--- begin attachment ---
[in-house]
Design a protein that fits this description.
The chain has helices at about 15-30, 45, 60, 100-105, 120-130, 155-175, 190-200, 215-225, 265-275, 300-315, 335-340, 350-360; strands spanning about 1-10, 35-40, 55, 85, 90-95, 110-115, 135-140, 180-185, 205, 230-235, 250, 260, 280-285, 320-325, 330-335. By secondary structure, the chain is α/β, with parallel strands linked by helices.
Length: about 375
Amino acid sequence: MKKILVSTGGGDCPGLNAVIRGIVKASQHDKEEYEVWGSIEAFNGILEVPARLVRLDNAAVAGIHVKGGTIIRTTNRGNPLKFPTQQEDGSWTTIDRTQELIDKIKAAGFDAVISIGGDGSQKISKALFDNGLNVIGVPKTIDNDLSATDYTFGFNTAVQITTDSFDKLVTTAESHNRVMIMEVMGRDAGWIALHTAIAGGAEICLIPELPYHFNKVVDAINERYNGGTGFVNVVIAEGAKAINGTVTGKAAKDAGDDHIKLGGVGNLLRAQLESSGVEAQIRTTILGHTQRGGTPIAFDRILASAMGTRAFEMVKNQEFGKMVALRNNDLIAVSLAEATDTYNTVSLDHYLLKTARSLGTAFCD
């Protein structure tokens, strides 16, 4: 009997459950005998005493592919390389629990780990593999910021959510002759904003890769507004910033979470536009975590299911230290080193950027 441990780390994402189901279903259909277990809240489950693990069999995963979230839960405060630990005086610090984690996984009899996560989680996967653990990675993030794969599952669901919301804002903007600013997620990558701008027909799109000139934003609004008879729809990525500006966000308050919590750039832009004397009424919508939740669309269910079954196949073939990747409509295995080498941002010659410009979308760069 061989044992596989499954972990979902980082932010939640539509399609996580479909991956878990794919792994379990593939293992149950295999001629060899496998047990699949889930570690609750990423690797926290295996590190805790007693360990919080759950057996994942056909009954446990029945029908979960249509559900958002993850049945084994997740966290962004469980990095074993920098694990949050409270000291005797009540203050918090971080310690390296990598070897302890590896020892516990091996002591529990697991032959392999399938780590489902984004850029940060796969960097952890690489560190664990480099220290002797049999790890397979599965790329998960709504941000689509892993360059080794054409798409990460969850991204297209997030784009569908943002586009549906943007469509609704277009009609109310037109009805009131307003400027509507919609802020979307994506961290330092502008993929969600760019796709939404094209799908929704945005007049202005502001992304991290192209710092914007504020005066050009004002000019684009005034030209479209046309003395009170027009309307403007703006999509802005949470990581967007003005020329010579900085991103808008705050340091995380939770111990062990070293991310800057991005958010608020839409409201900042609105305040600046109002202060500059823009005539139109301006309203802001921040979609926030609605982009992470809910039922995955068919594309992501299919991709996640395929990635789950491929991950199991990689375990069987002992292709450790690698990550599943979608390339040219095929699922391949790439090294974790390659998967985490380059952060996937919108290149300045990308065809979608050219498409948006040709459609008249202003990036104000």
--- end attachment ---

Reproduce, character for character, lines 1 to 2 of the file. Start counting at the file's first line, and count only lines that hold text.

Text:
[in-house]
Design a protein that fits this description.